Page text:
Child's dream of Rosh Hashanah event now draws more than 1,000 to Oakland

 A song celebrating Rosh Hashanah, the start of the Jewish New Year, rang out in the Oakland Hills Friday evening, as a crowd sang and gathered outside for a unique service that has become a 15-year tradition in the Bay Area. 

The golden glow of the sun and bright smiles on people's faces, brought light to the hills of Joaquin Miller Park as a crowd gathered for community, prayer, dancing, and music.

"It's so joyful to be here today with the entire community. We've got over 1,300 people here celebrating the Jewish New Year of Rosh Hashanah," said Becca Meyer, CEO of Camp Tawonga.

"It's a beautiful place to celebrate the new year and It's really amazing to have so many Jewish people in one place outside enjoying things together so really happy to celebrate," said Margot Schmorak, who came from San Francisco with her children.

"Such a beautiful setting, it's wonderful to be outdoors and wonderful to be surrounded by community. This is such a happy event," said Jackie Zipkin, an Alameda resident who said this was her second time attending the event.

"This was actually that an idea that a child had," said Meyer, "Serena Dubach Reinhold said to her mother, can we blow the shofar in Tilden Park?"  

Serena's mother Sue Reinhold and step-mother Rabbi Deborah Newbrun listened to Serena's idea and decided to gather outdoors with some close friends.  

"She was just like, do we have to go to synagogue? And we're thinking, you know, we are capable of leading this service for our family," said Rabbi Newbrun.

The family's outdoor celebration in the Oakland with the ceremonial blowing of the shofar horn, has grown over the past 15 years into the large-scale celebration involving hundreds of families and community members.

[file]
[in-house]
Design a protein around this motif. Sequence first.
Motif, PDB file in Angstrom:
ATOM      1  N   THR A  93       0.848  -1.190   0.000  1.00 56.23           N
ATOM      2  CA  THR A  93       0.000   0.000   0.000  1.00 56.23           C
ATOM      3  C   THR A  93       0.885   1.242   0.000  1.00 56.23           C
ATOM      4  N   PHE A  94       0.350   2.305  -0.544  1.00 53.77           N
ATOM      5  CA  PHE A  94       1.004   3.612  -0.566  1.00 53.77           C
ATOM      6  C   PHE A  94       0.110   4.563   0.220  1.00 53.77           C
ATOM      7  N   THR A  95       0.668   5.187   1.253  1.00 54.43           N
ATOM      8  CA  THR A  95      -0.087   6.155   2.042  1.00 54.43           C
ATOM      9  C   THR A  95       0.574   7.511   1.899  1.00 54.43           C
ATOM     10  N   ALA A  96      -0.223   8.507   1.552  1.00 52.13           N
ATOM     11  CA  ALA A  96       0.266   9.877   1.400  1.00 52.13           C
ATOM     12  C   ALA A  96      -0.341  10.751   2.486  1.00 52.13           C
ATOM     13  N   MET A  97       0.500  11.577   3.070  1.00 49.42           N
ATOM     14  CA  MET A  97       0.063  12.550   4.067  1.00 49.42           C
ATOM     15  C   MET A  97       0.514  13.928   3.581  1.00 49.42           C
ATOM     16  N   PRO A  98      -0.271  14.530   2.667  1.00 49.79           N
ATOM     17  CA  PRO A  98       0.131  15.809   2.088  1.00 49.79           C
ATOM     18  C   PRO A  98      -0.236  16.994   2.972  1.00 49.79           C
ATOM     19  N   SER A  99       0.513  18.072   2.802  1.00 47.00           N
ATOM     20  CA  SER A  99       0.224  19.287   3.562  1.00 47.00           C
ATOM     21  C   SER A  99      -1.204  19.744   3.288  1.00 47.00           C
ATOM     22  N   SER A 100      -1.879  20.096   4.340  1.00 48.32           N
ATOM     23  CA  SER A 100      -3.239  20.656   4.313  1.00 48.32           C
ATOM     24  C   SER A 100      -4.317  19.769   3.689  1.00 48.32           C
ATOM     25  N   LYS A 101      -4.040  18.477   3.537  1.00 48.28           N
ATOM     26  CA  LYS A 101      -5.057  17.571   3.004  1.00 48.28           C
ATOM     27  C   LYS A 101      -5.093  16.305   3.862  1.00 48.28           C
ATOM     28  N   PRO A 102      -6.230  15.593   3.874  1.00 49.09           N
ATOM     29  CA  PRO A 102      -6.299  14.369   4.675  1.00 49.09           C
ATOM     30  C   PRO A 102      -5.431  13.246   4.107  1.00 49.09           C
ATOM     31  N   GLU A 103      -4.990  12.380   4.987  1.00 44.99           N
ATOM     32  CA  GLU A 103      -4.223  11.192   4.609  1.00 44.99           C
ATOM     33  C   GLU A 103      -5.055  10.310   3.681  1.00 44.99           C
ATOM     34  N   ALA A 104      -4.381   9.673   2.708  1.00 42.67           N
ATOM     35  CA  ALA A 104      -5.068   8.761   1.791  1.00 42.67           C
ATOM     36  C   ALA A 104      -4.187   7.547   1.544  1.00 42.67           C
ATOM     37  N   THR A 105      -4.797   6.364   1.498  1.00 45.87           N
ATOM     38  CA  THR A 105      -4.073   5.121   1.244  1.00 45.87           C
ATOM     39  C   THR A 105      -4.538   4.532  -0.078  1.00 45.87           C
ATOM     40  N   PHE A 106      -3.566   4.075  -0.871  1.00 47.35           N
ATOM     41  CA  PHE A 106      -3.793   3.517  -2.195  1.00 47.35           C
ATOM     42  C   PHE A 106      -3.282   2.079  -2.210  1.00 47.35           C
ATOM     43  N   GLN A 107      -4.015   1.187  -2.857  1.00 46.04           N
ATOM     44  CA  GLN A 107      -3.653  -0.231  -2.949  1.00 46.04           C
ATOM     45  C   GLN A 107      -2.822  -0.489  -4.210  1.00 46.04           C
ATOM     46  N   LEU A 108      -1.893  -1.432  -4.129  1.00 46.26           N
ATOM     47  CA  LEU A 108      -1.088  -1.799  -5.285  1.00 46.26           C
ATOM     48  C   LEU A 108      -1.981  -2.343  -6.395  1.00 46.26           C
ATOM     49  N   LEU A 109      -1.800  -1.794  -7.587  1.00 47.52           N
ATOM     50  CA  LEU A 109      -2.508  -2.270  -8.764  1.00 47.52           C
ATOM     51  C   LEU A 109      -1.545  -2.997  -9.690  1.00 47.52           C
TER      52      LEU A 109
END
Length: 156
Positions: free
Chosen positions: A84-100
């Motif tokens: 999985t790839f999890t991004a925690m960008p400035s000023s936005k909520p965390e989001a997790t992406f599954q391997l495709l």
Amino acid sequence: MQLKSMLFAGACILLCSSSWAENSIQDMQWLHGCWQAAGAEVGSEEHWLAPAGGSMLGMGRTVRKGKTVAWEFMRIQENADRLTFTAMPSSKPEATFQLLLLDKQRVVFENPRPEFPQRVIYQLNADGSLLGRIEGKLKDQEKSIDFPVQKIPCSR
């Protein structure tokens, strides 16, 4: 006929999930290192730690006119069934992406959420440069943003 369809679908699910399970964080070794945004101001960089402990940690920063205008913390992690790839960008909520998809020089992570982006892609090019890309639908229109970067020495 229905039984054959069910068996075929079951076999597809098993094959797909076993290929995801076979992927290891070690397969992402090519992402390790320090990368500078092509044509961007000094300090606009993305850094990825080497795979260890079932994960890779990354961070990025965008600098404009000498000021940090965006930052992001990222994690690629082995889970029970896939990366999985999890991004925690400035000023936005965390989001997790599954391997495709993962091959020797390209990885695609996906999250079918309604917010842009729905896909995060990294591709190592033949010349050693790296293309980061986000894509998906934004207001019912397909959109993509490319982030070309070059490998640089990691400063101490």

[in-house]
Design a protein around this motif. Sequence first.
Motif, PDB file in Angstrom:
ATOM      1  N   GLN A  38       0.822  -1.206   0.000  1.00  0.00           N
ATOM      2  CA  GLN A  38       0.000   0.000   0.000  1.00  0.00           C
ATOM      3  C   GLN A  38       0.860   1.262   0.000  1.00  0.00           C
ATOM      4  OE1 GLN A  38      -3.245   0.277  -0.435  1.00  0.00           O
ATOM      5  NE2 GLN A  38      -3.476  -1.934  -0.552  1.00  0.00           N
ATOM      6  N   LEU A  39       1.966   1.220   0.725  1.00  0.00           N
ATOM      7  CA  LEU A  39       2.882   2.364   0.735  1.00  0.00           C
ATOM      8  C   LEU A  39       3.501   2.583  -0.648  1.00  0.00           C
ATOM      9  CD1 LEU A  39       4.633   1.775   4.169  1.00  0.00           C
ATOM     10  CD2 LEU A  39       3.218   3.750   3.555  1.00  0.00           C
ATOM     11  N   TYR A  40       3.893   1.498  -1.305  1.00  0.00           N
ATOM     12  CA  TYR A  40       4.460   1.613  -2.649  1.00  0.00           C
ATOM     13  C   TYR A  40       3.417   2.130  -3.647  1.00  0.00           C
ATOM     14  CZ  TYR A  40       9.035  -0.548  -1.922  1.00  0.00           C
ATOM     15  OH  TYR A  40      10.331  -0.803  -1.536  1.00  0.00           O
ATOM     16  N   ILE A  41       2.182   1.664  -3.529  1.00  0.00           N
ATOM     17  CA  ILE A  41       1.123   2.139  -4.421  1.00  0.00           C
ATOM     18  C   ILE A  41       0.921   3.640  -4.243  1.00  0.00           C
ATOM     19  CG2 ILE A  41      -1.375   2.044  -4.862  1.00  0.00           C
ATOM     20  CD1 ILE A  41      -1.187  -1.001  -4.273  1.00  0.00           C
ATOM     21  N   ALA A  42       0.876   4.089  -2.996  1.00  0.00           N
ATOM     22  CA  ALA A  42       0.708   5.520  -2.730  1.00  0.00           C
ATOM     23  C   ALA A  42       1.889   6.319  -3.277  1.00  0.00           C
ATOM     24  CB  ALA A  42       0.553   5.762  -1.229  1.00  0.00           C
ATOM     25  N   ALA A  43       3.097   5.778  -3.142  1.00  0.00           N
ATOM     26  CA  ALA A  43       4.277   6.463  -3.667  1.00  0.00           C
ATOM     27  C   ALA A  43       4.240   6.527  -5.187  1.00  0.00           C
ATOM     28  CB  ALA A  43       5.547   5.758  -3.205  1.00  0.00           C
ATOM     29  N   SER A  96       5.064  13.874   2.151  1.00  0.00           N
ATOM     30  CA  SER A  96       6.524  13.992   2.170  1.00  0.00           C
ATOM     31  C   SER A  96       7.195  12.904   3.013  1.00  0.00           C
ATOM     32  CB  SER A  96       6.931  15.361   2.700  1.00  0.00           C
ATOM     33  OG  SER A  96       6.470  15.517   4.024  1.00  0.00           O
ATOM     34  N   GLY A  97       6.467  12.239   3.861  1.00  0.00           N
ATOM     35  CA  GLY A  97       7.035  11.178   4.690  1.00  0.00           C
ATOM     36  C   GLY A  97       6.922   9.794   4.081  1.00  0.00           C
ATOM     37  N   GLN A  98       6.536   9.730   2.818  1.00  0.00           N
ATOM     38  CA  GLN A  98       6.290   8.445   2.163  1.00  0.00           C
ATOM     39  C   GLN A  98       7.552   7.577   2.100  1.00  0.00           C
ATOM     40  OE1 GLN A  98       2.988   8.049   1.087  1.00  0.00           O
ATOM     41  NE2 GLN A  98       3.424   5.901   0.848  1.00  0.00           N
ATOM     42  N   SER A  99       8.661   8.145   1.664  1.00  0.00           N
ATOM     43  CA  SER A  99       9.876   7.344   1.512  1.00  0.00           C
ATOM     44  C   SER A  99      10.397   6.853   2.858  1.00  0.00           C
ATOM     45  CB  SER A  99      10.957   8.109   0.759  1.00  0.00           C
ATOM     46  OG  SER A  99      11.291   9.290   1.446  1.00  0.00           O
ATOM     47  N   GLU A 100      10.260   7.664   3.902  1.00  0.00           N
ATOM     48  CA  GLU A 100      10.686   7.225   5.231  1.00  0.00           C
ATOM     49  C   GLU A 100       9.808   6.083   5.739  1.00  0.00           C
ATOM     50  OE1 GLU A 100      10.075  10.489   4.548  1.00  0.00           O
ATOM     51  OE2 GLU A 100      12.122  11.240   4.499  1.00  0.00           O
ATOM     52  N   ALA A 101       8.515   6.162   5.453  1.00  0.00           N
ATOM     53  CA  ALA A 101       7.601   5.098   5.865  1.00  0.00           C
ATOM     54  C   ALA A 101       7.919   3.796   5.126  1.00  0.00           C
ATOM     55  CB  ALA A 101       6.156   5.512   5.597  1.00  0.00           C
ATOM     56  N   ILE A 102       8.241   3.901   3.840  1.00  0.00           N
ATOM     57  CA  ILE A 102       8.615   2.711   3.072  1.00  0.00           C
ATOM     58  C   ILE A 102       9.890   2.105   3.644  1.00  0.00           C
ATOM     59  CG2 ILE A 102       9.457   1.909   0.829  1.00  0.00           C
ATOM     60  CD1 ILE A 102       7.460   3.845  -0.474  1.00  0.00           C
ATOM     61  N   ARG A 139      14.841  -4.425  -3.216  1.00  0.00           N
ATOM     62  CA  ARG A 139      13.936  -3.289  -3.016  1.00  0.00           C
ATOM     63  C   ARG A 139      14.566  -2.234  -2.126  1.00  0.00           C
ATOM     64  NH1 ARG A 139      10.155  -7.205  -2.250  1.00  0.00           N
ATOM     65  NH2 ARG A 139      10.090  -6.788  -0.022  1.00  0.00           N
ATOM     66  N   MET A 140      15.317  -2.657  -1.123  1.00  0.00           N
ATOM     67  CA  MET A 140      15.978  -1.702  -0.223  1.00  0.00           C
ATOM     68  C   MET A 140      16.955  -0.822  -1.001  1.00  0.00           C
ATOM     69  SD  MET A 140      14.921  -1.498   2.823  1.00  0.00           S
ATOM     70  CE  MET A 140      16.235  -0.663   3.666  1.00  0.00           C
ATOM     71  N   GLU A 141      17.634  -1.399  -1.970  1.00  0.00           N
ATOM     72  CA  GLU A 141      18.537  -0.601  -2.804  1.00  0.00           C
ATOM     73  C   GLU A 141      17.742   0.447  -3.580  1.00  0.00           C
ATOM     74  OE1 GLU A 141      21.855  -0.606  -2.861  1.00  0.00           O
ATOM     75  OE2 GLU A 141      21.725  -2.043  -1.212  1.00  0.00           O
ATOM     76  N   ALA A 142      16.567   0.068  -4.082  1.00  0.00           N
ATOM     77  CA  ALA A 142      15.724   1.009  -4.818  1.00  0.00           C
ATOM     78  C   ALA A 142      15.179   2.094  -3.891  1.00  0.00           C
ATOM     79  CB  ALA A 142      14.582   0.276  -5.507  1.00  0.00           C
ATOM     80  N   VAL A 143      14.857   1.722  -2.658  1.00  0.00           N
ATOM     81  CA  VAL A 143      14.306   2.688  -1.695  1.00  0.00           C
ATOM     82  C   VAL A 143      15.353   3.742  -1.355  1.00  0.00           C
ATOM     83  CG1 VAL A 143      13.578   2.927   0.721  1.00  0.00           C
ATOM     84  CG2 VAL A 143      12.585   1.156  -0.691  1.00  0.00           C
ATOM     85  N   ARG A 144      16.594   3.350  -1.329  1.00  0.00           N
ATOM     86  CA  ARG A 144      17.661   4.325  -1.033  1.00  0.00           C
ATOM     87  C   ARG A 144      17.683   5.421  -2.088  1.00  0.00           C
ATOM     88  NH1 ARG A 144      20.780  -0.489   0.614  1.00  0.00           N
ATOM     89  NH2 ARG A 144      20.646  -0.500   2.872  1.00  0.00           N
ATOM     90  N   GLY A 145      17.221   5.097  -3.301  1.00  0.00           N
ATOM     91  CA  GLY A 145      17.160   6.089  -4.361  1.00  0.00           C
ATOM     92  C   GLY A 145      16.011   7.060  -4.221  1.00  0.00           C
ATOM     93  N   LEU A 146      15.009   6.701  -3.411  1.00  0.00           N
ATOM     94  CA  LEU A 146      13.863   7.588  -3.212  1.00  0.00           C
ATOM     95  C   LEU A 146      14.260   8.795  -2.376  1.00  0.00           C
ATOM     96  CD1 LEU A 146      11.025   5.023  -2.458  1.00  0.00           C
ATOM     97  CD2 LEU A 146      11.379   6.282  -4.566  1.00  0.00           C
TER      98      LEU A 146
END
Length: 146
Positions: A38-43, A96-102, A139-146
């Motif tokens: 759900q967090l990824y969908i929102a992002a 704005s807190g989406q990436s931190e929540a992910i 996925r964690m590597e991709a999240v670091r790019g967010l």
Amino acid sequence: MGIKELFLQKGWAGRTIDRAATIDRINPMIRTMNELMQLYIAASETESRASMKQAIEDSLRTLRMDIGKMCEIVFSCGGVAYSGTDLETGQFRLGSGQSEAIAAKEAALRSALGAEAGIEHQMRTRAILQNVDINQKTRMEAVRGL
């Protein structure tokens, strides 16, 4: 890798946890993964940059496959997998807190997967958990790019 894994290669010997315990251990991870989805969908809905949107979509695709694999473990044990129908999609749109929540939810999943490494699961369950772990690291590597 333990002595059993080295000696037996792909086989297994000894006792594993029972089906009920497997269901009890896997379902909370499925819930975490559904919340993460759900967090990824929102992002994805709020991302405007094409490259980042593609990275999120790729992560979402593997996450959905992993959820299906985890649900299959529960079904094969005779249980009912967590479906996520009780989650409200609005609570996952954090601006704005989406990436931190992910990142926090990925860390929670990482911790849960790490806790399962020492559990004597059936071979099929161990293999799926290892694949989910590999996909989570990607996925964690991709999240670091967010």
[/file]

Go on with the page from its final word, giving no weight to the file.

"It's a way to help people bring out their soul, connect with the messages of the holiday so that they can be transformed by the gift and the technology that Judaism gives us to renew our lives," said Rabbi Newbrun.

"In Judaism, we have a word called ruach which is "spirit." And there's just a lot of ruach here," said Isaac Safier, an Oakland resident.

That spirit and introspection also come with hopes to put the past year's pain behind.

"It's definitely been a hard year to know that antisemitism is on the rise and many Jewish communities have been targeted by hate crimes and threats of violence," said Meyer.

"A recent study by the Jewish Community Relations Council revealed that one-third of Bay Area Jews have either directly experienced or witnessed incidents of antisemitism," said Seth Brysk, Chief Officer for External Affairs with the Jewish Community Federation.

Brysk says the Jewish Community Federation, has been helping Jewish groups do security checks to make them safer during this holy time, as people reflect on ways to make the world and new year better.

"These high holy days are sometimes called the days of awe. That's meant to evoke this notion that we should be humble, we should be introspecting, thinking about during this introspection of how we can do better in the year ahead," said Brysk, "That's what I'm really hoping for in the year to come."

"I'm Asian, and I'm also Jewish's a double-whammy. Of course, we're always concerned about antisemitism but one of the things we can do is come together and enjoy life," said Schmorak, "I heard a...woman speak about this and she said 'I protest racism with radical joy' and I think that's what we're trying to do here too."

Rosh Hashanah lasts two days and begins the period of reflection that lasts ten days, ending with Yom Kippur on September 24th.